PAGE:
A particle that is its own antiparticle seems to have left its calling card within a solid material.
To observe the signature of that particle, a Majorana fermion, scientists coupled a thin film of a topological insulator — which conducts electricity on its edges but is insulating within — with a layer of a superconductor, in which electrons can flow without resistance. In this layer cake of materials, the researchers report in the July 21 Science, electrical conductivity varied in discrete jumps of the size expected for Majorana fermions. “The experiment came out exactly in the way we predicted,” says theoretical physicist Shoucheng Zhang of Stanford University.
Italian theoretical physicist Ettore Majorana originally proposed in 1937 that these fermions could be a new type of fundamental particle. Instead of having oppositely charged antiparticles, the electrically neutral Majorana fermions would be antiparticles of themselves. Scientists suspect that neutrinos — tiny neutral particles that swarm through the cosmos — might be Majorana fermions, but there’s no hard proof. Instead, the only Majorana fermions for which scientists have evidence are in the form of a “quasiparticle,” a disturbance within a material that behaves like a single particle, but actually is the result of the collective motion of many electrons. Rather than individually tracking the motions of each electron within a material, scientists think of the disturbance as its own particle, simplifying the math that explains how the material behaves.
Several previous experiments have found traces of Majorana fermions (SN: 11/15/14, p. 8), but the new result reveals a different side of the quirky quasiparticles. Unlike previously detected Majorana fermions, these are chiral, meaning that they travel along the edge of a 2-D layer of material in one direction, like cars circling a racetrack. “Certainly as far as chiral Majorana fermions go, this is the only definitive evidence that has been reported,” says theoretical physicist Taylor Hughes of the University of Illinois at Urbana-Champaign, who was not involved with the research.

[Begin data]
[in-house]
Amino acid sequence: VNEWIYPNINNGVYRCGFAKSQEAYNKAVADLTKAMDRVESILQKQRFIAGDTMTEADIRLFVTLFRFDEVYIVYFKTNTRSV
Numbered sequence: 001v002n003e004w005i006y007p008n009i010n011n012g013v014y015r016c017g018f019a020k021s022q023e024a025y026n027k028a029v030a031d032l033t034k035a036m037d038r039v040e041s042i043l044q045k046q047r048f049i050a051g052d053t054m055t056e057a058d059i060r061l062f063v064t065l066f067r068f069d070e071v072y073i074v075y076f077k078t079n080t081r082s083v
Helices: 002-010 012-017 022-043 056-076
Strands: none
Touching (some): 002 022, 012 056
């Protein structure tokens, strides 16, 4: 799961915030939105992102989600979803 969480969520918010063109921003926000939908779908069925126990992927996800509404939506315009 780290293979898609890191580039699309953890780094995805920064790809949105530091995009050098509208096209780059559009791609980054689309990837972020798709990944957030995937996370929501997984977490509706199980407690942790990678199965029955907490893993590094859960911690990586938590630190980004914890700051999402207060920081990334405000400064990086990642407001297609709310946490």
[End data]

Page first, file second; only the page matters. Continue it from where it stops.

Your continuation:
It’s also the first evidence of a Majorana fermion that moves around like a true particle, instead of remaining stuck in one place. Earlier evidence for the quasiparticles was found in one-dimensional nanowires, in which a Majorana fermion sat motionless at each end of the wire, like a particle bound to a particular spot within a material.
Majorana fermions leave their mark in the material (made of chromium, bismuth, antimony and tellurium overlaid with superconducting niobium) by tweaking a phenomenon known as the quantum anomalous Hall effect. In certain magnetic materials, the electrical conductivity of a thin layer of material changes in steps as a small magnetic field is varied, increasing and decreasing in jumps of a certain size. The signature of the Majorana fermions is a conductivity jump of half the normal size. Since the Majorana fermion is its own antiparticle, says Zhang, “in a very rough sense, it is half of a usual particle,” resulting in half-sized jumps.
The detection of this signature is “really the only firm evidence of the presence of Majorana fermions,” says study coauthor Kang Wang, a condensed matter physicist at UCLA. He says previous hints of Majorana fermions could have been explained by other means.
“They have a nice, crisp result,” says condensed matter physicist Ali Yazdani of Princeton University, strongly suggesting the chiral Majorana fermions are there. But “there are things that need to be checked out,” such as whether the Majorana fermions really travel on the edge of the material as expected.
Majorana fermions may eventually find a purpose in quantum computers. Microsoft, for example, hopes to make topological quantum computers (SN: 7/8/17, p. 28) that would harness the particles’ unusual properties to stave off the scrambling of delicate quantum information.